Super advertising – what’s that like? When is an advert truly magnificent, mind-blowing and game changing? Or alternatively, when is an ad terrible and not much more than a waste of time and money?
Canadian advertising agency Cossette launched a video last week, which explains ‘super-ads’. Cossette says a super-ad is the type of advert that works for anything you like to advertise, in any language, for any brand.
So there’s no more need to waste time and money on developing different creative concepts and executions. Take a look at this one-size-fits-all advert:
What is what you expected it to be? Not really, huh? But still, Cossette makes a very valid point: there’s no such thing as a super-ad. We need creative ideas and new approaches in order to tell our message effectively.
So if there’s no secret formula for great advertising, is there at least a way to avoid bad advertising? Luckily there is (and it isn’t a gimmick this time, I promise).
Filter out bad advertising
I remember a blog post a few months back from marketing guru Seth Godin in which he discussed the latest campaign of American Airlines. “American Airlines doesn’t know what to say,” he said “and they’re having a lot of trouble saying it.”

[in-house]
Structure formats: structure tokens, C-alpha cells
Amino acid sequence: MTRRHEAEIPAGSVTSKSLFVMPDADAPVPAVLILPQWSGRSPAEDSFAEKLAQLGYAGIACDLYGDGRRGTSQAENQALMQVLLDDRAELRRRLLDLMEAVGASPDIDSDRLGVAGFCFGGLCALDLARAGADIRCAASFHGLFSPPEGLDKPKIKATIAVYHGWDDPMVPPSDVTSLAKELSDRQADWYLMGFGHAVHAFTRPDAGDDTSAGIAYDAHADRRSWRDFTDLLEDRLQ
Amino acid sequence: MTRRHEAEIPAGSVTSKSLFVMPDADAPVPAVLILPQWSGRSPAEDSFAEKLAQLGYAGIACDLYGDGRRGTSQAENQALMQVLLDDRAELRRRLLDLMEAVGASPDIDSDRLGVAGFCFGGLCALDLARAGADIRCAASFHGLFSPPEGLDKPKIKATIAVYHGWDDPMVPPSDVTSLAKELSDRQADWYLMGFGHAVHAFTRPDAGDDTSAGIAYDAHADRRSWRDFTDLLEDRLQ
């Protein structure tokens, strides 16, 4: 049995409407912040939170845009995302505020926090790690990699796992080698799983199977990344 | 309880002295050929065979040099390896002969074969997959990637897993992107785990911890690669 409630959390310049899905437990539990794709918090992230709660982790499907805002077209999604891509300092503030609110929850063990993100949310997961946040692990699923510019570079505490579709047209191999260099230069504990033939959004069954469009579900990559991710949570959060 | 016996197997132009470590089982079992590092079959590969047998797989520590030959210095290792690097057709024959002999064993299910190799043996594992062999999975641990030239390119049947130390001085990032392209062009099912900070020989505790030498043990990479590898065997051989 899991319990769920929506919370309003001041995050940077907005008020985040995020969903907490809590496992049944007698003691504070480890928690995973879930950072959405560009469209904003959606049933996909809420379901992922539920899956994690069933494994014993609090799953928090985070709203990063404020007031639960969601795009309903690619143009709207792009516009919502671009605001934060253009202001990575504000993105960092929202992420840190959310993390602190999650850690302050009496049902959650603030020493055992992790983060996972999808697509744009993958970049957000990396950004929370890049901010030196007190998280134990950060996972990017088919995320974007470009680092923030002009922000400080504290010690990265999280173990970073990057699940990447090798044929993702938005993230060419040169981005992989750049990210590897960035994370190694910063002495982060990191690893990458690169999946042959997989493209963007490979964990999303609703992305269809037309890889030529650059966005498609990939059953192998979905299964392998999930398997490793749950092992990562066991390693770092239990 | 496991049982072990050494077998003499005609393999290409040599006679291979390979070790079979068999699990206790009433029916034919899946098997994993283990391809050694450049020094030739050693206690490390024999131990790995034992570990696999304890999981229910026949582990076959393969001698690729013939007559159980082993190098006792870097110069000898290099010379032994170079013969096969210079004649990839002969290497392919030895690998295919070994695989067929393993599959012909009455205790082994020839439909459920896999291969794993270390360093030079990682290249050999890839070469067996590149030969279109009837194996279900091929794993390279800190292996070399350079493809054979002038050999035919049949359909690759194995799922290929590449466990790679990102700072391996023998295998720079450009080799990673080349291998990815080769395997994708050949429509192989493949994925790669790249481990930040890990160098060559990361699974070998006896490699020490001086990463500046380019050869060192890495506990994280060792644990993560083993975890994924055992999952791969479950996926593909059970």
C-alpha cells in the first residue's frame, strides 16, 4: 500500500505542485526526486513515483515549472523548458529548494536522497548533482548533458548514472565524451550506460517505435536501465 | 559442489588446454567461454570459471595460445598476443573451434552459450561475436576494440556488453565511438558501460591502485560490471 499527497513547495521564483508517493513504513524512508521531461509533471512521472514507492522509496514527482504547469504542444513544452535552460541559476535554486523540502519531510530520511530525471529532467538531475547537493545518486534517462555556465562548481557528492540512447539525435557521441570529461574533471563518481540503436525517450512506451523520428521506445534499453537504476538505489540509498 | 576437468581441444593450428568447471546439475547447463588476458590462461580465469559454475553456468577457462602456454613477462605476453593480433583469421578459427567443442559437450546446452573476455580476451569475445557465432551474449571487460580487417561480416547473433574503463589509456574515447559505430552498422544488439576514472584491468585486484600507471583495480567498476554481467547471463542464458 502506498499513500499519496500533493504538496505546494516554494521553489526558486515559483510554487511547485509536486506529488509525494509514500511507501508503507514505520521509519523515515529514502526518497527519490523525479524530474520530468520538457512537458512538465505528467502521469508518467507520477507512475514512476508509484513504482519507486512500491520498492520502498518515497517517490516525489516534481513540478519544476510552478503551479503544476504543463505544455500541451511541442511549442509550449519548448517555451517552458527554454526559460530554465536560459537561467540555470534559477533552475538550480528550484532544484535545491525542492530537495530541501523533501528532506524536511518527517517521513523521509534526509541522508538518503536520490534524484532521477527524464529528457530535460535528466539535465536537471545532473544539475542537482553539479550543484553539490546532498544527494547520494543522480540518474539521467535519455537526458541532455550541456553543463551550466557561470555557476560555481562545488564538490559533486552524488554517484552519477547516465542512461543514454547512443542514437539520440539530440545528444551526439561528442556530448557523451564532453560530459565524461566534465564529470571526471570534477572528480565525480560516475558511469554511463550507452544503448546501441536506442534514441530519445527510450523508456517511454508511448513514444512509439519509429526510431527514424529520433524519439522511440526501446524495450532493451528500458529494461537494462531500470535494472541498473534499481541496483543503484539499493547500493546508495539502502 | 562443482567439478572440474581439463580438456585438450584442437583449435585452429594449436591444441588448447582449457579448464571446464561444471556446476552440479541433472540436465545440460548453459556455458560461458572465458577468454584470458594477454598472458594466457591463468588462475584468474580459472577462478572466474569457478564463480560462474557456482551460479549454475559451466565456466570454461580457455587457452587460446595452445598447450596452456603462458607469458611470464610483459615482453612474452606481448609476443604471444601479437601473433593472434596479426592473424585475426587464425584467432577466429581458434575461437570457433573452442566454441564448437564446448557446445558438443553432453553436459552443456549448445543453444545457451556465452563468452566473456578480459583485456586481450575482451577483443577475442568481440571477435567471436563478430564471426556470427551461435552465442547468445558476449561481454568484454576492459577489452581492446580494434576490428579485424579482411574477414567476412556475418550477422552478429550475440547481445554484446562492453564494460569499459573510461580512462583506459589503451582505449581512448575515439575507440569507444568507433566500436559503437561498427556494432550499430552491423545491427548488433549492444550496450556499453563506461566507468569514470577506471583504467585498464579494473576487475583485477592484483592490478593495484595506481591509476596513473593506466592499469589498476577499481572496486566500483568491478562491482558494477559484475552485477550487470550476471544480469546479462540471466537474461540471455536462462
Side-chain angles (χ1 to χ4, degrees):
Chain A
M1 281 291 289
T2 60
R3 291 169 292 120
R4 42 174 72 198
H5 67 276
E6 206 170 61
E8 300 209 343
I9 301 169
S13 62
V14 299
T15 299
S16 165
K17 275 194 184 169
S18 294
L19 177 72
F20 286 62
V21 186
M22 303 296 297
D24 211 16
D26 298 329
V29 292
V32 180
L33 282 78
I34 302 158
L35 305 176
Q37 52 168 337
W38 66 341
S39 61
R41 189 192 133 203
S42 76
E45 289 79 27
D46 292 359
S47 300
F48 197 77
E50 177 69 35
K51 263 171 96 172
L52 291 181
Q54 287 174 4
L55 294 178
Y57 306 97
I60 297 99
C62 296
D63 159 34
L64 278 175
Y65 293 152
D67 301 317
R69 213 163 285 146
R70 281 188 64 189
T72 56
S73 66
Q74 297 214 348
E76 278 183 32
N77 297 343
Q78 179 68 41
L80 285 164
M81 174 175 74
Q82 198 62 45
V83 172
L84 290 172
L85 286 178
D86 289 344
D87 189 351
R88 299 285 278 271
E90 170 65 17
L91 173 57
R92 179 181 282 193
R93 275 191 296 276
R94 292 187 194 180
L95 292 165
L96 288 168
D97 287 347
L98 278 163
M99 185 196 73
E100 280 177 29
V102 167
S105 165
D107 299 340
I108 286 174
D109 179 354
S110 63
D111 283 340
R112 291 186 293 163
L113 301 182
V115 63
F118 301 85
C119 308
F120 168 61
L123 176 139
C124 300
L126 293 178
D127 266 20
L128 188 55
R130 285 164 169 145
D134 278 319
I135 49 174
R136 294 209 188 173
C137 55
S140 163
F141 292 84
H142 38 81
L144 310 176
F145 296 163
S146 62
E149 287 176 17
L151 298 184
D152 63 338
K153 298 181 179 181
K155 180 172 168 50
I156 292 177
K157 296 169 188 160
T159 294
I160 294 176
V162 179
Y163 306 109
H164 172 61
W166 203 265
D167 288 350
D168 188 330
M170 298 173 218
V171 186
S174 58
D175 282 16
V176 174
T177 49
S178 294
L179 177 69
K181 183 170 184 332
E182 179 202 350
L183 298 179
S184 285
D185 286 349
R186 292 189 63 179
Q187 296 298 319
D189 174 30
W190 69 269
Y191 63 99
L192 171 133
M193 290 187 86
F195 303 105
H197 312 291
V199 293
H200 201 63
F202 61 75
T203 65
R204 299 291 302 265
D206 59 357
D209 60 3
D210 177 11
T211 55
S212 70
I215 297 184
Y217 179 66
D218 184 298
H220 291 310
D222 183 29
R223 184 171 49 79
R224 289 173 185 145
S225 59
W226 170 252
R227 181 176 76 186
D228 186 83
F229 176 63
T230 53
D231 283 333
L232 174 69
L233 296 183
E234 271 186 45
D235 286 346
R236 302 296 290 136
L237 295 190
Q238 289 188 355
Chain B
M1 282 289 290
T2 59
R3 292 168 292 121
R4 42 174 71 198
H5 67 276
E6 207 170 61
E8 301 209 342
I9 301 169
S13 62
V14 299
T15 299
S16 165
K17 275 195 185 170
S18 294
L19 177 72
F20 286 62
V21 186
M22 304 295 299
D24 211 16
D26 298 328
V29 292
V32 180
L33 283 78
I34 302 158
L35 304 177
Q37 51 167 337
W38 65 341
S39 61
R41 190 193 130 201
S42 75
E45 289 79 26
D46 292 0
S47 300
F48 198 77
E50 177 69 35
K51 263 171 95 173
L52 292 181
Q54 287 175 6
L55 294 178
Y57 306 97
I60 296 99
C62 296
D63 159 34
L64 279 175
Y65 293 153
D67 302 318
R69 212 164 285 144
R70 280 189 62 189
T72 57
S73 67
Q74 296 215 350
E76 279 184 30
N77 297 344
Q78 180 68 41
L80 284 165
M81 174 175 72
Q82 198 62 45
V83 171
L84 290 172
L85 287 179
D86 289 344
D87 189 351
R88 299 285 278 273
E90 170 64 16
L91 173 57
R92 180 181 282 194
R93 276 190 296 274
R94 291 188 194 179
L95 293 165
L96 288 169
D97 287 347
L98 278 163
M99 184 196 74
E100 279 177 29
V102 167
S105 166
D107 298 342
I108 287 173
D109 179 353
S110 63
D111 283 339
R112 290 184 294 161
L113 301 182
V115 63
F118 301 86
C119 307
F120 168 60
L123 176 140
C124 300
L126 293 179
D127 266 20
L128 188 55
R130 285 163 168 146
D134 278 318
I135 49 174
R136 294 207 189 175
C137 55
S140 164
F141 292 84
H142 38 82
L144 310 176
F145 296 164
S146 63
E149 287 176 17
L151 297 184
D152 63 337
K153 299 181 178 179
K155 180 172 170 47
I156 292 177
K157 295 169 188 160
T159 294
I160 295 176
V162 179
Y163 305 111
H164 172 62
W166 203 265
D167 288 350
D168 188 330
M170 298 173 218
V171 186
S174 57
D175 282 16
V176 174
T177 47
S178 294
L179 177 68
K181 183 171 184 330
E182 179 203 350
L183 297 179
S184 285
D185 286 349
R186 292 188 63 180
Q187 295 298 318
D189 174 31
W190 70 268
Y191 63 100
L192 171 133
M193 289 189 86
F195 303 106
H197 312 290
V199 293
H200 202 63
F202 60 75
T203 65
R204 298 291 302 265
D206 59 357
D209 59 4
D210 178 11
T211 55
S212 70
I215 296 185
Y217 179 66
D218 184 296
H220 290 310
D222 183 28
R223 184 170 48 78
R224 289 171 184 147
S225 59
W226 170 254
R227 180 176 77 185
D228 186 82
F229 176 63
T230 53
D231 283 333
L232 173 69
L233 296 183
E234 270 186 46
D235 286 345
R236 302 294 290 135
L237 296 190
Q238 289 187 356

American Airlines is spending hundreds of thousands of dollars to run full-page, two-sided, glossy adverts in newspapers. But nobody is looking at them.
That’s because their ads refer to a ton of different things at once, making the story difficult to understand. And the layout doesn’t help either; if anything, it only makes the message blurrier.
The American Airlines ad is exactly what Cossette was talking about: it’s the type of advert that would work as well (or as bad depending on how you look at it) for any other brand or product.
Such ads won’t be remembered. They’re confusing so its message won’t stick. And they’re boring so our brains will automatically ignore them.
Luckily, there’s a simple test to make sure your advertising is not like that of American Airlines. Just answer this question: “If you substitute one company for another, does the ad still make sense?”. Only if the answer is no, your ad is truly different. And being different is just step one. From there, the next step is to develop it into a truly Great Ad.
And if you’re not sure how one would go about creating interesting ads for an airline, take a look at Virgin Atlantic’s work of ‘Let It Fly’.
Enjoyed this article? Share it using the buttons below. And if you’d like to receive my articles on storytelling marketing on a weekly basis, you can subscribe for my newsletter on the bottom of this page.